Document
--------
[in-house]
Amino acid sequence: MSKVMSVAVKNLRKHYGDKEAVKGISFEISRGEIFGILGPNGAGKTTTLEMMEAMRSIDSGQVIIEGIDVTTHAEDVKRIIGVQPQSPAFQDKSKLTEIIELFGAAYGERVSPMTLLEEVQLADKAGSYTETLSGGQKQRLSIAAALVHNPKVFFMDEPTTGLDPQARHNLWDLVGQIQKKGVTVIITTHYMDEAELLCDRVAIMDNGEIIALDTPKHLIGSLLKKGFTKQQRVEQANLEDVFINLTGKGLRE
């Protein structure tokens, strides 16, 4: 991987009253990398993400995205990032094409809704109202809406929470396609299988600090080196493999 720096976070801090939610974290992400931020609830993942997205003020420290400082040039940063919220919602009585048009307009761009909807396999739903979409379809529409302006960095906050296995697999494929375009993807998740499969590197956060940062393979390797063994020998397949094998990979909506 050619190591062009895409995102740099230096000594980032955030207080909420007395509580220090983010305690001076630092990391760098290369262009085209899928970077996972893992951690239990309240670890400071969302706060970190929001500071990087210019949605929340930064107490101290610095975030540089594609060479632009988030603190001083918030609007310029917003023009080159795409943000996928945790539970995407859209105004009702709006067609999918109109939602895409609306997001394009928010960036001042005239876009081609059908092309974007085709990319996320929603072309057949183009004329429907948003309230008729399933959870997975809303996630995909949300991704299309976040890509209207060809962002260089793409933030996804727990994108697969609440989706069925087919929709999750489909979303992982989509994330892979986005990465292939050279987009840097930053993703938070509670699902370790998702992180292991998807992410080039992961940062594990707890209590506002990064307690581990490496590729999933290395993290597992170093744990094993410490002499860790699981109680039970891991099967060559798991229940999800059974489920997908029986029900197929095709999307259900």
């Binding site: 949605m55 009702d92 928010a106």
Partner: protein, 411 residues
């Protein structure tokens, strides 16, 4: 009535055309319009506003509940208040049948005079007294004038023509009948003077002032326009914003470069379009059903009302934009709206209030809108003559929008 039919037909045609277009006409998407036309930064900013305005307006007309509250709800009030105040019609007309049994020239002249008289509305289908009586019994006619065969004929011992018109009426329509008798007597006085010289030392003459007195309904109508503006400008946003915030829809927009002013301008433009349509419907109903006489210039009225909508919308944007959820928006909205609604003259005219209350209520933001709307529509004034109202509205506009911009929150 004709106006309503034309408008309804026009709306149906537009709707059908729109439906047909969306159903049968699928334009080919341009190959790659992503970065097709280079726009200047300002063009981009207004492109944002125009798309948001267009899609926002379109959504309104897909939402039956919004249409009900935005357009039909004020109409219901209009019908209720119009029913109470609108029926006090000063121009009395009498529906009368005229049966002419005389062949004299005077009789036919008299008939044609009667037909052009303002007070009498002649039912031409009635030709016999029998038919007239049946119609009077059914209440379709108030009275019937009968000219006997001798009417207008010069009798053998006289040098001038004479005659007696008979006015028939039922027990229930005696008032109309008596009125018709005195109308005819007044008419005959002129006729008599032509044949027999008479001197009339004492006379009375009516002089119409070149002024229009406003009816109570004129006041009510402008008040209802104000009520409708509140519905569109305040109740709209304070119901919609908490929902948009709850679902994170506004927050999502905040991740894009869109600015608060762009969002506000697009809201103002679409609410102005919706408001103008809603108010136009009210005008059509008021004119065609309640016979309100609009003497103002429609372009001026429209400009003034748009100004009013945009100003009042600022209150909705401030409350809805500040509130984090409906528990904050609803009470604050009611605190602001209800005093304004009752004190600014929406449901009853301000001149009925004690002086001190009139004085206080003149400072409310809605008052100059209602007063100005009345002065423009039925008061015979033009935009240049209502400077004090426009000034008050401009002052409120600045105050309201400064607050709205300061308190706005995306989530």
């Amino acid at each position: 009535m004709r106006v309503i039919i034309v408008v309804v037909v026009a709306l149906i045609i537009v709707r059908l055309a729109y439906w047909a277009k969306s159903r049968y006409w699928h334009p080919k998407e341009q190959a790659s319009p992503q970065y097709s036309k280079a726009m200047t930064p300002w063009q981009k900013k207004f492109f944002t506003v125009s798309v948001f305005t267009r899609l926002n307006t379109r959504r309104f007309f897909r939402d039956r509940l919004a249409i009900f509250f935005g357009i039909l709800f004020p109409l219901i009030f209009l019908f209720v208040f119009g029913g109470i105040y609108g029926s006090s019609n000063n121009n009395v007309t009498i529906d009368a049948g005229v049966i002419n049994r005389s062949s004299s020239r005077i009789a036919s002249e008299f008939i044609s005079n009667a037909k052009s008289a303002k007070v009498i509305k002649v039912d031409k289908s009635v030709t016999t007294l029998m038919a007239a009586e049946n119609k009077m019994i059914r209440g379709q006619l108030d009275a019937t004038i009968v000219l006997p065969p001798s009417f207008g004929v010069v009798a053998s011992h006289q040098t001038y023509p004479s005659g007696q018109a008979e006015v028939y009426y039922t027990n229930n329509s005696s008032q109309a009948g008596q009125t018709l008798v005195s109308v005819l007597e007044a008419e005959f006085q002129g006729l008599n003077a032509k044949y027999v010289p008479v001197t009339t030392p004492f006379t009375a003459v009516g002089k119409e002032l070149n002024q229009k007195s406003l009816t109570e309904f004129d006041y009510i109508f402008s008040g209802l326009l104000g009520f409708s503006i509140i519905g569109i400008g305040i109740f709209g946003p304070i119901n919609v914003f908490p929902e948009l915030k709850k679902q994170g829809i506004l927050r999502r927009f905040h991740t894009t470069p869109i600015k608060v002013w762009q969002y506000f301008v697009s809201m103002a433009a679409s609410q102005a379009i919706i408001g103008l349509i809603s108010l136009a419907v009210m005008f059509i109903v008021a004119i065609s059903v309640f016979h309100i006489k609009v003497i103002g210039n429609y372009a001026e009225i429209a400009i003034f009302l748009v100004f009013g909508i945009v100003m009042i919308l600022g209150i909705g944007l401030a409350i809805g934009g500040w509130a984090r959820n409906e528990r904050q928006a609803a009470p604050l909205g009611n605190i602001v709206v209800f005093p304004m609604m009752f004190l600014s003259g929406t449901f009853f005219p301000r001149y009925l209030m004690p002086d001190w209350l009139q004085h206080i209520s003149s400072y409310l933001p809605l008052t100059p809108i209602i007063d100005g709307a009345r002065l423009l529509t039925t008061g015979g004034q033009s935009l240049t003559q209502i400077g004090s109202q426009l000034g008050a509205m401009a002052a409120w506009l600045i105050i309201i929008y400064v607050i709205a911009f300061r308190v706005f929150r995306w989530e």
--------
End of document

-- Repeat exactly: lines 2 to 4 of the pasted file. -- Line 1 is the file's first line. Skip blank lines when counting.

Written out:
Amino acid sequence: MSKVMSVAVKNLRKHYGDKEAVKGISFEISRGEIFGILGPNGAGKTTTLEMMEAMRSIDSGQVIIEGIDVTTHAEDVKRIIGVQPQSPAFQDKSKLTEIIELFGAAYGERVSPMTLLEEVQLADKAGSYTETLSGGQKQRLSIAAALVHNPKVFFMDEPTTGLDPQARHNLWDLVGQIQKKGVTVIITTHYMDEAELLCDRVAIMDNGEIIALDTPKHLIGSLLKKGFTKQQRVEQANLEDVFINLTGKGLRE
């Protein structure tokens, strides 16, 4: 991987009253990398993400995205990032094409809704109202809406929470396609299988600090080196493999 720096976070801090939610974290992400931020609830993942997205003020420290400082040039940063919220919602009585048009307009761009909807396999739903979409379809529409302006960095906050296995697999494929375009993807998740499969590197956060940062393979390797063994020998397949094998990979909506 050619190591062009895409995102740099230096000594980032955030207080909420007395509580220090983010305690001076630092990391760098290369262009085209899928970077996972893992951690239990309240670890400071969302706060970190929001500071990087210019949605929340930064107490101290610095975030540089594609060479632009988030603190001083918030609007310029917003023009080159795409943000996928945790539970995407859209105004009702709006067609999918109109939602895409609306997001394009928010960036001042005239876009081609059908092309974007085709990319996320929603072309057949183009004329429907948003309230008729399933959870997975809303996630995909949300991704299309976040890509209207060809962002260089793409933030996804727990994108697969609440989706069925087919929709999750489909979303992982989509994330892979986005990465292939050279987009840097930053993703938070509670699902370790998702992180292991998807992410080039992961940062594990707890209590506002990064307690581990490496590729999933290395993290597992170093744990094993410490002499860790699981109680039970891991099967060559798991229940999800059974489920997908029986029900197929095709999307259900």
């Binding site: 949605m55 009702d92 928010a106």